Most of the plastic packets cannot be recognised, but many of the products are established brands, manufactured by large corporations, such as Hindustan Lever, ITC, PepsiCo, Coca Cola, Parle and Hatsun. Qwality Walls ice cream, manufactured by Hindustan Level Limited, accounts for 49% of the total laminates we found. This was followed by wrappers of Arun Ice Cream, which accounted for 10%. ITC accounted for 6.5% of the ML packaging, through wrappers of Sunfeast biscuits, Bingo chips, and Gold Flake, Wills and other cigarette boxes. Britannia product wrappers were 5.6%, while PepsiCo’s brands of Lays chips and Kurkure accounted for 5%. There are several local brands, including Saravana Bhavan, Adyar Anand Bhavan, Shakti Masala and Aachi Masala, which account for 6% of the ML packaging.

Plastic cups used for water, tea and coffee formed a little under 10% of the total plastic waste, water packets were 7.6%, and single use plastic cups with pre-packaged drinks accounted for another 3.36%. Packaged water bottles amounted to 2%, with Coca Cola and Pepsi Co accounting for 16% and 12% of the bottles, respectively. Bottle caps, are another significant challenge for waste collection and recycling, were 8% of the plastic waste, and Coca Cola, Bovonto and Pepsi Co were the three most recognisable brands.

The SWM Rules 2016 mention that it is important to have a waste hierarchy in managing waste by prevention, reduction, reuse, recycle, recovery and disposal at landfills, with prevention being the most preferred option. It is the responsibility of local bodies in towns and urban agglomerations to implement separation of waste at source, decentralised composting of organic waste, door-to-door collection of waste, and direct that no waste is to be disposed in open public spaces, streets and drains. It also directs local bodies to set up waste deposition and storage sites, material recovery parks, disposal facilities for hazardous materials, and to enable easy access to waste pickers to collect recyclable materials. While all of this would divert waste from landfills, it does not adequately address the problem of prevention and reduction of waste.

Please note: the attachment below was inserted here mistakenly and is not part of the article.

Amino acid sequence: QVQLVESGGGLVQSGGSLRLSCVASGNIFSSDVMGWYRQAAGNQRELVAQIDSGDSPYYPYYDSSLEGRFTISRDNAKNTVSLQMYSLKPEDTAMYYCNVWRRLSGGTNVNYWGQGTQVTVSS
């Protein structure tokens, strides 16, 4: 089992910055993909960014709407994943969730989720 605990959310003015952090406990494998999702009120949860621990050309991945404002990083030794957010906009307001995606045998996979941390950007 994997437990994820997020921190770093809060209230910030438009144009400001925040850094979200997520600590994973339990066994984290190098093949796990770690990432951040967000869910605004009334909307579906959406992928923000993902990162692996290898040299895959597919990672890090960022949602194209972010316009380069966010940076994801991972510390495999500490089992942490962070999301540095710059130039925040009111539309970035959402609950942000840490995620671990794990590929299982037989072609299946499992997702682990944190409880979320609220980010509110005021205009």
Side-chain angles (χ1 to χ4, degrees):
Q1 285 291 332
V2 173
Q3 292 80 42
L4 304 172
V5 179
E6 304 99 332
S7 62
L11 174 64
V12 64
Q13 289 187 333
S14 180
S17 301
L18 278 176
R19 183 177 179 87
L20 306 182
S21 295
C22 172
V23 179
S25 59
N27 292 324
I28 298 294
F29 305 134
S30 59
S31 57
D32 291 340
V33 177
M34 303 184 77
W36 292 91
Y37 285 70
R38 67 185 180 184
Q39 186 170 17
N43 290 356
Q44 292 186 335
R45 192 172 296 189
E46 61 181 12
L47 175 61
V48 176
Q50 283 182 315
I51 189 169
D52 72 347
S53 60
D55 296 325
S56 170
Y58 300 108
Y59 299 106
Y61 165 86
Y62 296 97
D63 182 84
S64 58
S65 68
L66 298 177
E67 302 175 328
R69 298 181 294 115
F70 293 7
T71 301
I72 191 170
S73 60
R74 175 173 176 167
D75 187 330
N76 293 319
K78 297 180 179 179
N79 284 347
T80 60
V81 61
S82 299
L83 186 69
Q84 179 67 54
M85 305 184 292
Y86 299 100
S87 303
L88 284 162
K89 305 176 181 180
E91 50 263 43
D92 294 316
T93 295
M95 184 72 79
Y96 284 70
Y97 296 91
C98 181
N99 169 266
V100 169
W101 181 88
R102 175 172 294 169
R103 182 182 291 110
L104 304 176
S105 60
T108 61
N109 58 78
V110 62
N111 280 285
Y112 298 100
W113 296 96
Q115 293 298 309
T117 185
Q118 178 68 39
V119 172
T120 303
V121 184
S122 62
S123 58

More specifically, the Plastic Waste Management Rules 2016 state that it is the responsibility of producers, importers and brand owners to “work out modalities for waste collection system based on Extended Producers Responsibility and involving State Urban Development Departments, either individually or collectively, through their own distribution channel or through the local body concerned.

Single use, low quality plastic – used in carry bags, multi layered packaging, single use cupts and cutlery - is extremely hard to collect and segregate. Even if collected and segregated, they would end up on our beaches and streets because there is no market or processing facility to recycle. In the absence of a viable market to collect and process these materials, the main alternative for their disposal is landfills. Therefore, there is a strong case to be made for banning the production of such materials. At the very least, we must apply the polluter pays principle on the plastic waste and impose EPR rules for their collection and sustainable disposal.